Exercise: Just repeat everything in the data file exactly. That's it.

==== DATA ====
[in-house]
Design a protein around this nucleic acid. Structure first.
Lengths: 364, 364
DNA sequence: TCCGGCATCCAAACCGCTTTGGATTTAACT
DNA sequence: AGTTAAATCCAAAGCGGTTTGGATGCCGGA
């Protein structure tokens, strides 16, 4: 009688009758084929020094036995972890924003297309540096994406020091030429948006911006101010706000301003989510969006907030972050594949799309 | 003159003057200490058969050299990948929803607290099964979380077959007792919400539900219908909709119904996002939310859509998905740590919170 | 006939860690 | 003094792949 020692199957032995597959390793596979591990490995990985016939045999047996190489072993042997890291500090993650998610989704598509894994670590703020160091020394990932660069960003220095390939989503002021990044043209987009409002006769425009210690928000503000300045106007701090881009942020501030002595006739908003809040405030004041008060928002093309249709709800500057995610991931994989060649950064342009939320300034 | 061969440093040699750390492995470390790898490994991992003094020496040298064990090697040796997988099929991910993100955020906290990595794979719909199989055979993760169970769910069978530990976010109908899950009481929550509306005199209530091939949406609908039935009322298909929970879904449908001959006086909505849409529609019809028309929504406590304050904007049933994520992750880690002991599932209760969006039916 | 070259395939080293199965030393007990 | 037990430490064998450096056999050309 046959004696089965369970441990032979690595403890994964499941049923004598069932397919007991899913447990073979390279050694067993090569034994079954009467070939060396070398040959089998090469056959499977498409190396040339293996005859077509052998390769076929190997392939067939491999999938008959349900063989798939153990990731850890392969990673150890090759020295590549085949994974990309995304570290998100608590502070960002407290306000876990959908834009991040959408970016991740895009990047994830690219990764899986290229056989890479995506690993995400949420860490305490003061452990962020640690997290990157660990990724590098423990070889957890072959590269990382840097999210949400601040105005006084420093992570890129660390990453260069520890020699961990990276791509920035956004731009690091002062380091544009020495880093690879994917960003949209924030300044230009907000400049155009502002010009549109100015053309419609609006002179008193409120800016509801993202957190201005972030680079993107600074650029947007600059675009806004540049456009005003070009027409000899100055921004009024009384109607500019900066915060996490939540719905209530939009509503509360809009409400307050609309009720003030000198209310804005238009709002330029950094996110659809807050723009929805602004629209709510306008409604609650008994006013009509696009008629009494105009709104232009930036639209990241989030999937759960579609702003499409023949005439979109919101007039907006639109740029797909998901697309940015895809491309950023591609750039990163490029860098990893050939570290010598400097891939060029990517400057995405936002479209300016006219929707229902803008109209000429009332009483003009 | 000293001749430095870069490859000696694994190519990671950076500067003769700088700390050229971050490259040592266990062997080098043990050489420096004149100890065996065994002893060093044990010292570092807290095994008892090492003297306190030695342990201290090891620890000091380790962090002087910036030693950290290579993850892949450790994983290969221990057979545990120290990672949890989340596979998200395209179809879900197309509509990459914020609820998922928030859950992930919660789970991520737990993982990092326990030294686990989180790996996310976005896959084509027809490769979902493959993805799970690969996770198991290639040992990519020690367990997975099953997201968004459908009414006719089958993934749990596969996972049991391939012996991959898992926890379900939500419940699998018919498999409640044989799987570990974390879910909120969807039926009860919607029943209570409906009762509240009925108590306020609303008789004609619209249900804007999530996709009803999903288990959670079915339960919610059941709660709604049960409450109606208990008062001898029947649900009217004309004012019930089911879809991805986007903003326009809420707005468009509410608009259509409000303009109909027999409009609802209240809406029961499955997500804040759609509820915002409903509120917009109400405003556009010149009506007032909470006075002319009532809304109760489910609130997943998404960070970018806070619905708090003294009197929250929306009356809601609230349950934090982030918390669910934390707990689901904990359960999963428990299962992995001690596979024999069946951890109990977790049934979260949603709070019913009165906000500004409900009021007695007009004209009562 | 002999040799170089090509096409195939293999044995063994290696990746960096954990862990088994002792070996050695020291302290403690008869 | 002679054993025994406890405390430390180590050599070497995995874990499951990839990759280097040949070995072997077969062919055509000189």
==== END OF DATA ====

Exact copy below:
[in-house]
Design a protein around this nucleic acid. Structure first.
Lengths: 364, 364
DNA sequence: TCCGGCATCCAAACCGCTTTGGATTTAACT
DNA sequence: AGTTAAATCCAAAGCGGTTTGGATGCCGGA
């Protein structure tokens, strides 16, 4: 009688009758084929020094036995972890924003297309540096994406020091030429948006911006101010706000301003989510969006907030972050594949799309 | 003159003057200490058969050299990948929803607290099964979380077959007792919400539900219908909709119904996002939310859509998905740590919170 | 006939860690 | 003094792949 020692199957032995597959390793596979591990490995990985016939045999047996190489072993042997890291500090993650998610989704598509894994670590703020160091020394990932660069960003220095390939989503002021990044043209987009409002006769425009210690928000503000300045106007701090881009942020501030002595006739908003809040405030004041008060928002093309249709709800500057995610991931994989060649950064342009939320300034 | 061969440093040699750390492995470390790898490994991992003094020496040298064990090697040796997988099929991910993100955020906290990595794979719909199989055979993760169970769910069978530990976010109908899950009481929550509306005199209530091939949406609908039935009322298909929970879904449908001959006086909505849409529609019809028309929504406590304050904007049933994520992750880690002991599932209760969006039916 | 070259395939080293199965030393007990 | 037990430490064998450096056999050309 046959004696089965369970441990032979690595403890994964499941049923004598069932397919007991899913447990073979390279050694067993090569034994079954009467070939060396070398040959089998090469056959499977498409190396040339293996005859077509052998390769076929190997392939067939491999999938008959349900063989798939153990990731850890392969990673150890090759020295590549085949994974990309995304570290998100608590502070960002407290306000876990959908834009991040959408970016991740895009990047994830690219990764899986290229056989890479995506690993995400949420860490305490003061452990962020640690997290990157660990990724590098423990070889957890072959590269990382840097999210949400601040105005006084420093992570890129660390990453260069520890020699961990990276791509920035956004731009690091002062380091544009020495880093690879994917960003949209924030300044230009907000400049155009502002010009549109100015053309419609609006002179008193409120800016509801993202957190201005972030680079993107600074650029947007600059675009806004540049456009005003070009027409000899100055921004009024009384109607500019900066915060996490939540719905209530939009509503509360809009409400307050609309009720003030000198209310804005238009709002330029950094996110659809807050723009929805602004629209709510306008409604609650008994006013009509696009008629009494105009709104232009930036639209990241989030999937759960579609702003499409023949005439979109919101007039907006639109740029797909998901697309940015895809491309950023591609750039990163490029860098990893050939570290010598400097891939060029990517400057995405936002479209300016006219929707229902803008109209000429009332009483003009 | 000293001749430095870069490859000696694994190519990671950076500067003769700088700390050229971050490259040592266990062997080098043990050489420096004149100890065996065994002893060093044990010292570092807290095994008892090492003297306190030695342990201290090891620890000091380790962090002087910036030693950290290579993850892949450790994983290969221990057979545990120290990672949890989340596979998200395209179809879900197309509509990459914020609820998922928030859950992930919660789970991520737990993982990092326990030294686990989180790996996310976005896959084509027809490769979902493959993805799970690969996770198991290639040992990519020690367990997975099953997201968004459908009414006719089958993934749990596969996972049991391939012996991959898992926890379900939500419940699998018919498999409640044989799987570990974390879910909120969807039926009860919607029943209570409906009762509240009925108590306020609303008789004609619209249900804007999530996709009803999903288990959670079915339960919610059941709660709604049960409450109606208990008062001898029947649900009217004309004012019930089911879809991805986007903003326009809420707005468009509410608009259509409000303009109909027999409009609802209240809406029961499955997500804040759609509820915002409903509120917009109400405003556009010149009506007032909470006075002319009532809304109760489910609130997943998404960070970018806070619905708090003294009197929250929306009356809601609230349950934090982030918390669910934390707990689901904990359960999963428990299962992995001690596979024999069946951890109990977790049934979260949603709070019913009165906000500004409900009021007695007009004209009562 | 002999040799170089090509096409195939293999044995063994290696990746960096954990862990088994002792070996050695020291302290403690008869 | 002679054993025994406890405390430390180590050599070497995995874990499951990839990759280097040949070995072997077969062919055509000189």